Medical Care in Afghanistan – DoD Roundtable

This DoD Roundtable was perfectly timed for me! We were scheduled to participate and talk with U.S. Air Force Col. Schuyler K. Geller, command surgeon and commander, Medical Training Advisory Group at Camp Eggers, NATO Training Mission-Afghanistan/Combined Security Transition Command-Afghanistan. But earlier in the week I had to have some last minute, unscheduled foot surgery and did not know if I could attend. But the schedule did work out and after my very recent personal experience while being treated, I talked to Col Geller with an up to date appreciation for the wonderful abilities of our medical team in the United States (and medications to help reduce pain as well)!

Dr Geller commented on the Afghan security forces health care and their development of health care training programs. He had a very interesting perspective on Afghan health care and some statistics as well. According to the doctor, the biggest challenge that the Afghan military medical system has is a lack of doctors. Less than 40% of their authorized positions are filled! That is right! Wow! I bet they don’t complain about waiting in a doctor’s office for an hour like many Americans do. The nursing ranks are also below authorized numbers but new branch schools and some great trainers from the Nebraska National Guard are jump starting their program with 20 nurse graduates last year, 40 this year and moving up to 80 next year. They will meet their nurse goals in 2-2.5 years according to Dr Geller.

The military needs simple preventive measures to reduce the number of losses from injury and disease. While technology is not a problem with an adequate capability, simple vaccinations are due to lack of personnel to administer them. The military had 14,500 personnel removed from the force due to injury and disease during a time of war. The international community has poured funding in to Afghanistan to help develop their entire medical system. Almost a billion dollars was donated between 2002 and 2008 to help establish a national health care system. But to meet the needs of the military medical community two things need to happen according the colonel.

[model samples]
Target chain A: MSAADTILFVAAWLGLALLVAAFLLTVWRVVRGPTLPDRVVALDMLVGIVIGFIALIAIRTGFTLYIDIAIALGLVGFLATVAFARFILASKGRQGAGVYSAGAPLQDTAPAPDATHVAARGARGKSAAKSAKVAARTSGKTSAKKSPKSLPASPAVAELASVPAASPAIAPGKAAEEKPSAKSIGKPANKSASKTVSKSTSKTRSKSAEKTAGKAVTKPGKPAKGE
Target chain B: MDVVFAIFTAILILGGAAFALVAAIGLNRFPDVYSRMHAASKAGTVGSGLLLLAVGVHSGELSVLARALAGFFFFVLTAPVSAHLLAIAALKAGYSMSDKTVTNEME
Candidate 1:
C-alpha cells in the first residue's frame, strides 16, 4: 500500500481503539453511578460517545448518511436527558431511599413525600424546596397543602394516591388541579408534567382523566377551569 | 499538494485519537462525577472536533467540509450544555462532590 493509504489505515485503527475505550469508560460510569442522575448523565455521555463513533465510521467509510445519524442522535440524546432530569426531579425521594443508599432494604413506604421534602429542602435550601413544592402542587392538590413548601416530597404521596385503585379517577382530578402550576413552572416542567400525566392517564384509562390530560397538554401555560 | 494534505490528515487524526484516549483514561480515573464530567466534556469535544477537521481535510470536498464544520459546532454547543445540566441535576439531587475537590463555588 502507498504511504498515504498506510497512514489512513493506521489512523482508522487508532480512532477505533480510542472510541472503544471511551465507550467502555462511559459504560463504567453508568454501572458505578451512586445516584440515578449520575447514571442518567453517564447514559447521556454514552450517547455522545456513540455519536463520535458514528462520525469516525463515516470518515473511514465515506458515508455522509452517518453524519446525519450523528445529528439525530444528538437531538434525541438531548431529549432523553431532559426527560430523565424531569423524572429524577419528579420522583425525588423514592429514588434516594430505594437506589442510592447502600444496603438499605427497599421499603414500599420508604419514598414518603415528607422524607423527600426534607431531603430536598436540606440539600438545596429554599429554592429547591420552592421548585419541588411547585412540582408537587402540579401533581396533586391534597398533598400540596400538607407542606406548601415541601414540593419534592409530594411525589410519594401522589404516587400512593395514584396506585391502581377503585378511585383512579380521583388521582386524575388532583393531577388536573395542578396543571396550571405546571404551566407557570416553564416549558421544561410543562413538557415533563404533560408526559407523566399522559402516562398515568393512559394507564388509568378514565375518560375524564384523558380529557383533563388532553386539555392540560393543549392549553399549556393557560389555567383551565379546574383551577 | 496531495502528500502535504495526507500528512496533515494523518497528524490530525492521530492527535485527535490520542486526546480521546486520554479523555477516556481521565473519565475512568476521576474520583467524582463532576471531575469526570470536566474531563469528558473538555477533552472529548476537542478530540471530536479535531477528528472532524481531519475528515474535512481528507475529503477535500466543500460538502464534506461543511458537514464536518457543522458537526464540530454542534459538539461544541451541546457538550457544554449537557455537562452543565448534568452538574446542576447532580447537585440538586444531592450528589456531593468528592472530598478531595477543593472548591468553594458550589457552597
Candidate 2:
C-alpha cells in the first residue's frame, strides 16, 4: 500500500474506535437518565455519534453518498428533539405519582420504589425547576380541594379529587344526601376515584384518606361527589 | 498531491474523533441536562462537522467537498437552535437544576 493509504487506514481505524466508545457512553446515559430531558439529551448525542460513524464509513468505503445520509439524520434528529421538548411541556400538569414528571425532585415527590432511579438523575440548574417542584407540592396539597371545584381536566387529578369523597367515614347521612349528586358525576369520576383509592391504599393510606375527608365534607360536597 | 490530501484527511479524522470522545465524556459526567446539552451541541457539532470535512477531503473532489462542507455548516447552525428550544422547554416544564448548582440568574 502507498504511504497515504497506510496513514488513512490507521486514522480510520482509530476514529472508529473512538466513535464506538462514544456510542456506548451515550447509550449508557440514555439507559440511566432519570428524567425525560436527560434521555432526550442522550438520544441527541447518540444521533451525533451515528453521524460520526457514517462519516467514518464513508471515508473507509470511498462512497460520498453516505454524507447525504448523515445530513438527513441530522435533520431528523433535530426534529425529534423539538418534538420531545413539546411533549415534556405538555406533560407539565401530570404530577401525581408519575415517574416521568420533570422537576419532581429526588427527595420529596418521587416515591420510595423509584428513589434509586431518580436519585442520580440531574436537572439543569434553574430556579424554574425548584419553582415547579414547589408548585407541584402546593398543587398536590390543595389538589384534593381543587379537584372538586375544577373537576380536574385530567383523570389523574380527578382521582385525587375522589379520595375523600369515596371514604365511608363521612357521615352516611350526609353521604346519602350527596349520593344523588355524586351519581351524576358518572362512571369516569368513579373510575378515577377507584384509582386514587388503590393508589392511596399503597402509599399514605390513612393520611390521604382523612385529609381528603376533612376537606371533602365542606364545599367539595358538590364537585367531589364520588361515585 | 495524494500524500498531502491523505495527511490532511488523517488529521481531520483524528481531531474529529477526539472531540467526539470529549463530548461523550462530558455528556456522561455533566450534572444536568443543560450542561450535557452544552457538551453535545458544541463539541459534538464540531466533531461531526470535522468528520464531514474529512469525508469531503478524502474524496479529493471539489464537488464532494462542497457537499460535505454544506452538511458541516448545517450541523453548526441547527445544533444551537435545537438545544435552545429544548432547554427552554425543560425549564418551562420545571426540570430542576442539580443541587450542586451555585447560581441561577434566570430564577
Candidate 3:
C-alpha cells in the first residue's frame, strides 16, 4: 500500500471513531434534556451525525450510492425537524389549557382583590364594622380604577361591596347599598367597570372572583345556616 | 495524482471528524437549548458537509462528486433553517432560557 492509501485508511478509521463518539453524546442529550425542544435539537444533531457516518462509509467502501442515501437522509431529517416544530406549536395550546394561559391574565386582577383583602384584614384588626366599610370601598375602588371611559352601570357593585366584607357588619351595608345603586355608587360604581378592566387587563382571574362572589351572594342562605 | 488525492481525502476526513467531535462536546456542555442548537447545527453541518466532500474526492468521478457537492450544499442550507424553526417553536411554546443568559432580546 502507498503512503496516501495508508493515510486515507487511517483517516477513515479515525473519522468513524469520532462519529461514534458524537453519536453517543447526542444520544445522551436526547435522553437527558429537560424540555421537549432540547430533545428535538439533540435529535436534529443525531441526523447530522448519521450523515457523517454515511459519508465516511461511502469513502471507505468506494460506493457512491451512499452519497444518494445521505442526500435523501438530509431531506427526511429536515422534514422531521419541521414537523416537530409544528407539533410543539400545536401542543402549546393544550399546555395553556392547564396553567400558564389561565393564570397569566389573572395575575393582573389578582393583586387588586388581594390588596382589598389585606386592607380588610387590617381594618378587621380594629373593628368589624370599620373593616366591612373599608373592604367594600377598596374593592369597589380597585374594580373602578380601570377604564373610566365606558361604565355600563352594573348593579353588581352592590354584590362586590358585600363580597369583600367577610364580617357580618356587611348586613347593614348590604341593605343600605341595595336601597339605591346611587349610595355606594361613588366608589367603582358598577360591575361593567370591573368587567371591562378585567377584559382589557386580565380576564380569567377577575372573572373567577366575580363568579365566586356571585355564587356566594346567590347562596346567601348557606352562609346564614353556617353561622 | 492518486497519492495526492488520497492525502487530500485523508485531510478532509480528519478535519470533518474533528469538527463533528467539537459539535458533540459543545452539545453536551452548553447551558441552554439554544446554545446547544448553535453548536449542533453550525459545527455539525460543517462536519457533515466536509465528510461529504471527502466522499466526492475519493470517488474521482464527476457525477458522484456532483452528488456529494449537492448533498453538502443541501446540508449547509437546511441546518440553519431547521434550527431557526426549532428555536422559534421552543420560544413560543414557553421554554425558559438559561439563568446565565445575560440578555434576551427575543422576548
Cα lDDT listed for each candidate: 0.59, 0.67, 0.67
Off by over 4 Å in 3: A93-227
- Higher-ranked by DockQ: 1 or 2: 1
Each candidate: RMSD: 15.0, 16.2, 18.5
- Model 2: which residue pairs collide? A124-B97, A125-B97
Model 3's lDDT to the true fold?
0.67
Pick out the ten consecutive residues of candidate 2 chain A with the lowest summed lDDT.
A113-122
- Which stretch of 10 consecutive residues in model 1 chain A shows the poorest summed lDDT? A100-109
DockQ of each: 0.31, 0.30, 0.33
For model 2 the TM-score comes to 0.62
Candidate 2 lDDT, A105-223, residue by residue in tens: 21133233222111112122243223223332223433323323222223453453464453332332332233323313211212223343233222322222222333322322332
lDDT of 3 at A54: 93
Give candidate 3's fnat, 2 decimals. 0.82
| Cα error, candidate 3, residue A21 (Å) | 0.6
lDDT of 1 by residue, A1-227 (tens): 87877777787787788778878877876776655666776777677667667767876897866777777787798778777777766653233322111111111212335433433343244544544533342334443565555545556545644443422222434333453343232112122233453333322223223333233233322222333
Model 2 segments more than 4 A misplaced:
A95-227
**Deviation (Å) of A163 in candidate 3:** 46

First, they must recruit more medical personnel, in particular doctors. Only one of three recruiter positions are filled and that continues to inhibit the number of new MDs. Second, quality must improve through training programs such as the nurse program with the Guard trainers. They need stronger ties with outside schools and better clinical training and faculty for the medical schools. Dr Geller said that within one year they will see improved faculty with ties to US and other university medical schools.

I asked about tapping into the resource of women medics and he said that the country does have a significant number of female nurses and some doctors. Most are in traditional roles for women such as OB/Gyn and pediatrics and are required to be in their home community and do not work at night. Most are in Kabul and no combat medics are women.

The entire Afghan medical system is complicated with five different medical systems ranging from the military system to private and outside Non Governmental Organizations (NGOs). He said the Afghan population has low confidence in the public health care system and that they do have guaranteed health care coverage. He said 57-59% of Afghans go to private system medics on their first visit and pay out of pocket costs instead of using the government provided programs. This increases to 75% on the second visit which further shows the lack of confidence. Again, out of pocket payments to see a doctor/nurse in whom they have confidence in a very poor country. With a national system that sends folks to private doctors due to a quality issue it might create a pause for any country changing to a national health care system to avoid creating similar problems. Not to mention the lack of doctors in their military to care for those who are serving and protecting.

In closing, Dr Geller said that the medical system returns value and that it is worth our efforts to improve. He predicted that within 4-5 years quantity and quality problems will be significantly resolved allowing withdrawal of allied medical resources. I hope my foot is healed by then!

If you would like to listen to this Roundtable or read a transcript, please go to DoDLive. For more interesting Roundtable discussions with our military leadership and recent articles on Afghanistan please go to Our Letters to You/Afghanistan or’s Reading Room!

Field Examination
Photo by Tech. Sgt. Cecilio M. Ricardo Jr., USAF

Master Sergeant Craig Abrom asks random medical questions during a hands-on vital signs training course with Afghan National Army soldiers participating in the Combat Medic Course in Kabul, Afghanistan. Sergeant Abrom is a mentor assigned to the Combat Medic School.

Can You Feel a Pulse?
Photo by Tech. Sgt. Cecilio M. Ricardo Jr., USAF

Master Sgt. Sherri Taru shows Afghan National Army soldiers how to find a pulse and check vital signs during the hands-on portion of the Combat Medic Course in Kabul, Afghanistan. Airmen and Soldiers mentor ANA instructors throughout the Combat Medic course. Each class has approximately 65 to 90 trainees. byColonel KonSaturday, June 26, 2010Military Life:,,

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